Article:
To put it differently; most Men are innately unsuitable for monasticism; and their dispositions and abilities are quite different, and often opposed to monastic requirements.
The Arkle Test - by which (through our own shared, parent-child, divine qualities) we identify with God's nature and intent; tells us that monasticism cannot be the intent, certainly not a necessity, for Men-in-general to attain salvation.
Men are born too various, and the world too various (often too hostile), for there to be any single 'template' for salvation. God created Men and this world; and He did not create a world suitable for monasticism to be the default path to salvation.
It is common, indeed usual, for a church to claim that it is (in some ways, or completely) necessary for salvation. (Or, in the case of the Mormon church, necessarily for the highest degrees of theosis.)
The Arkle Test notices that this would mean that most Men in the world and throughout history would thereby be excluded from salvation, and greatly impaired in terms of theosis. A loving God who regards all Men as His children would not set-up such a world: God would not have Men born and live only to be damned inevitably.
Therefore, it must be that God has 'placed' Men in specific situations, in which each man or woman can achieve salvation in accordance with innate nature - whatever the society, institutions and circumstances that surround him or her.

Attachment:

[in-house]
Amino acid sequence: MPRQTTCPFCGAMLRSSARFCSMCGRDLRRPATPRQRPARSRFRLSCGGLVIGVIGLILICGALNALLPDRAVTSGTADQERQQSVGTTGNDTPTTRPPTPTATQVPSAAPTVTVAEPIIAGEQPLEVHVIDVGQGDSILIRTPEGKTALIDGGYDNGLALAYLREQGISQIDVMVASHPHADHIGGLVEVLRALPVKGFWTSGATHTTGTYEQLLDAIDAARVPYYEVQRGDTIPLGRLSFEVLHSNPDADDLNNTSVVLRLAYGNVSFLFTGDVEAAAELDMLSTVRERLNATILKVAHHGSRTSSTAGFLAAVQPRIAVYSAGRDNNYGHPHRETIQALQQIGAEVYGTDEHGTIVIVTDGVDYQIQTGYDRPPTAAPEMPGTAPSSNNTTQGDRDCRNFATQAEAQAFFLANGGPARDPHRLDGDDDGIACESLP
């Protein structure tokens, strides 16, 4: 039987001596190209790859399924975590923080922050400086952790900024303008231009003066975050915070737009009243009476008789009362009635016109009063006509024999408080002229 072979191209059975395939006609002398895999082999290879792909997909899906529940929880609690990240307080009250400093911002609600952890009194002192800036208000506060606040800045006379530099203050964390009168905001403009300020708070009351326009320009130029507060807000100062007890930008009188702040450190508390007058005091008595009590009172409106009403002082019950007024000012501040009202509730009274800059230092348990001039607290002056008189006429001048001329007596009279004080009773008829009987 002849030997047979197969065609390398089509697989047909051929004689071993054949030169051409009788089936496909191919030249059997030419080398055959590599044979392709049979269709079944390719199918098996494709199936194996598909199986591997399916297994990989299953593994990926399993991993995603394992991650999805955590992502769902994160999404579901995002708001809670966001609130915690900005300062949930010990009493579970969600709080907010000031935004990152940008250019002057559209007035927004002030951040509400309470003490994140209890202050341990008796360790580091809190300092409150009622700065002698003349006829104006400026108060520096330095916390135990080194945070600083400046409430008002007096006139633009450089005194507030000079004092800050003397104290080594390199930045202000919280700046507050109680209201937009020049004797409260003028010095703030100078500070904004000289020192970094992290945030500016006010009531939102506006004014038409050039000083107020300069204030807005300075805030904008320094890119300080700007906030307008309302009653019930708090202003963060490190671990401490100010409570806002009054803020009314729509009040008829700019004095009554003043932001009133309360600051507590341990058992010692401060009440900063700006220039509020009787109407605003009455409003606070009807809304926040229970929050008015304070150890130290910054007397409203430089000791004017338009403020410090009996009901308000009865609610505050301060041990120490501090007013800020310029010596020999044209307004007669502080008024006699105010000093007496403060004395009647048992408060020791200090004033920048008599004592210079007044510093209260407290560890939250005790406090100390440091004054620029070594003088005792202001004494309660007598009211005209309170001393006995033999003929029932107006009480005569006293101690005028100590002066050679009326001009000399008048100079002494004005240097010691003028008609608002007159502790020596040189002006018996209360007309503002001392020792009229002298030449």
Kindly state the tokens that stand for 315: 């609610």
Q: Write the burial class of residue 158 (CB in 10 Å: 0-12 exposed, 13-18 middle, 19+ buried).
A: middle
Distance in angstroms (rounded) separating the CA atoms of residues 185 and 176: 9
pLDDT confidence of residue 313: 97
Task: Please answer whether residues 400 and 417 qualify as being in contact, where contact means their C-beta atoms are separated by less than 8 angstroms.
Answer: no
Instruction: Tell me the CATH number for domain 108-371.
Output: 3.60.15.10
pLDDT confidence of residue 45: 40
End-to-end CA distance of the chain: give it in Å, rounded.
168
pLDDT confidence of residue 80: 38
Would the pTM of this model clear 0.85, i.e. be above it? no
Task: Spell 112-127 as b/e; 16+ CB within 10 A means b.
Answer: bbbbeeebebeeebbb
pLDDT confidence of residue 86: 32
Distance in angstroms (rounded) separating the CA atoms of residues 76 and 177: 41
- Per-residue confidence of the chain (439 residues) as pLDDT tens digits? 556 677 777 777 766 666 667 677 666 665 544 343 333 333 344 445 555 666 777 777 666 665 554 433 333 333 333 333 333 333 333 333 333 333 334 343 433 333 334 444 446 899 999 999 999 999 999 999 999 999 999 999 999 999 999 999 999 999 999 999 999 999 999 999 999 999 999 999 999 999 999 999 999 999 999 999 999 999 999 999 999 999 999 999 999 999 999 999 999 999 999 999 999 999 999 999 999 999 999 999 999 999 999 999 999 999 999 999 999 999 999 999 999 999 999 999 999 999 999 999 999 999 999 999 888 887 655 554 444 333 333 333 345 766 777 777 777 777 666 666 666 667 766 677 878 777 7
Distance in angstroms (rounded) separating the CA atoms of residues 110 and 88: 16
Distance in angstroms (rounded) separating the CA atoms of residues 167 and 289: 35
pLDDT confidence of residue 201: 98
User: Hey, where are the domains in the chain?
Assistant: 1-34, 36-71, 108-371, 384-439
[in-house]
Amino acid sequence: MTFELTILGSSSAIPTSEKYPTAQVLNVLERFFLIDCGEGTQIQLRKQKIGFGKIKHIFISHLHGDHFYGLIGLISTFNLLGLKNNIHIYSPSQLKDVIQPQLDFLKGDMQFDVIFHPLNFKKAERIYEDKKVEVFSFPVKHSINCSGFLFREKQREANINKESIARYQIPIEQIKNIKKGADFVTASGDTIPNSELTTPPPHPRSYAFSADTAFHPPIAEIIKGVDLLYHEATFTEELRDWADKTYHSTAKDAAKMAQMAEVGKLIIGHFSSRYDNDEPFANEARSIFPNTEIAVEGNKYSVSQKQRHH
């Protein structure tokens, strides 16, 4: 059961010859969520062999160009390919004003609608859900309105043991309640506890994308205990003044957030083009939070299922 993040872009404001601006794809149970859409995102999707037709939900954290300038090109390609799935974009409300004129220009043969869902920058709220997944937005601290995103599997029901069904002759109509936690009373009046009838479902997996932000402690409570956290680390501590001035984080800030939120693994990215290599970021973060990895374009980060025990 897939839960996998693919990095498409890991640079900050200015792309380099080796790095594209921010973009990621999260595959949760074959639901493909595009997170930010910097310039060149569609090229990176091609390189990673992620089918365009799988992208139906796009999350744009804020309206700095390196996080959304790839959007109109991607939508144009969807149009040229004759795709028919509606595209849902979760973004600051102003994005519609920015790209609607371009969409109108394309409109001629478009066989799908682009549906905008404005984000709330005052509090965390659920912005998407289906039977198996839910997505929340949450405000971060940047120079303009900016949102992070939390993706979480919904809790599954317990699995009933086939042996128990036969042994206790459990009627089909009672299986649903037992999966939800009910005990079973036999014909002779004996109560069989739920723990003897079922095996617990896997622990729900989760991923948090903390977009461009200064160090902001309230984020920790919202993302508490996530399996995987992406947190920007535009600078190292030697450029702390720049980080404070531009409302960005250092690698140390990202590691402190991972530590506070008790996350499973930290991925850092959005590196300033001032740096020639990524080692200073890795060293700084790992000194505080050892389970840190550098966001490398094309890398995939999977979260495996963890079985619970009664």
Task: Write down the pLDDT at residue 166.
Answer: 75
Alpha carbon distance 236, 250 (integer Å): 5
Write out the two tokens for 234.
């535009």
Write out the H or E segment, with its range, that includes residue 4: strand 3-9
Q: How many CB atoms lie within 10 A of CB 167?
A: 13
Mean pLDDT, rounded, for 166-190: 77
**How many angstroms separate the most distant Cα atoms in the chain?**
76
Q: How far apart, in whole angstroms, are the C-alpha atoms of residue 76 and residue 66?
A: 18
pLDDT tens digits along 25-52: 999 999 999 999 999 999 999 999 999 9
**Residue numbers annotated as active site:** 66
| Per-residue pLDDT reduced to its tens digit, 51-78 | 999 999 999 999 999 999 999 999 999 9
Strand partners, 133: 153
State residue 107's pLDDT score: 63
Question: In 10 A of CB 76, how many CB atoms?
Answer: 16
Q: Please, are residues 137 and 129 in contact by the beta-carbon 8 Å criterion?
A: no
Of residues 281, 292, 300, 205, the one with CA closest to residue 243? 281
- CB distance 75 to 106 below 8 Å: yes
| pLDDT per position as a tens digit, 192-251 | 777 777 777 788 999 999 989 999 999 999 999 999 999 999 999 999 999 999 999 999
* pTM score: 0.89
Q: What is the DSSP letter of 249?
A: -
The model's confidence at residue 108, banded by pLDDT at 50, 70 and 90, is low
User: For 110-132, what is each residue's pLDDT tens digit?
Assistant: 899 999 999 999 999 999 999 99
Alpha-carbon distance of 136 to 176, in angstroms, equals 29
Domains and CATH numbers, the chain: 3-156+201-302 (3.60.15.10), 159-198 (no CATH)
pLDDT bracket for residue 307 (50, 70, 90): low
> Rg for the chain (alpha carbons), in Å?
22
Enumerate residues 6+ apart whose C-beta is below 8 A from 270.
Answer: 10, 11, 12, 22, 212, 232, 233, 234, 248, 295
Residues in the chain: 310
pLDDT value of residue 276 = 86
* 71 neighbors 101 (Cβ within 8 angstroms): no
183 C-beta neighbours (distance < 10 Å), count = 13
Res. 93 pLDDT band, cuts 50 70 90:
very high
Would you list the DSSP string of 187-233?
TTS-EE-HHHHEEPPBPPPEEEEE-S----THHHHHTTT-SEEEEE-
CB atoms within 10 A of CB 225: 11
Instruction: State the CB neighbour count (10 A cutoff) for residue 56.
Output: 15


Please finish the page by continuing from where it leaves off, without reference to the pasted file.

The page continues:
This makes sense if salvation is understood as a choice, and when the final choice to accept or reject resurrection (and its conditions) can be post-mortal - after biological death, when relevant knowledge can be universally available.
The point of the Arkle Test is that - whether such a scheme is exactly correct or not - this is the kind of set-up that a loving God may have used, so as to ensure that 'accidents of birth' are not fatal in condemning any individual to damnation.
Arkle's family metaphor - applied to God who is the primary creator of reality - confirms that no parent would bring a child into the world unless that child had (first and foremost) some chance of salvation; although equally family life tells us that some children are innately more inclined to good while others are a predisposition to evil.
Nor would such a loving creator sustain the life of any Man unless there was potential for him or her to learn valuable lessons from the actual experiences of his individual life.
Or else, life might be sustained in order for someone who has (at this point) rejected salvation and chosen damnation; to have a chance to change his mind, in response to further life experiences.
If there is no potential to learn (or if there has already been enough learning) then it would be time to die.
It is the contention of Romantic Christianity that - here and now, at this stage in human consciousness and these End Times - each Man must discover the truth of Christianity for himself; and must use his personal discernment to navigate among the conflicting and often false claims of the various Christian churches and theologies.
The Arkle Test is one possible way to do this.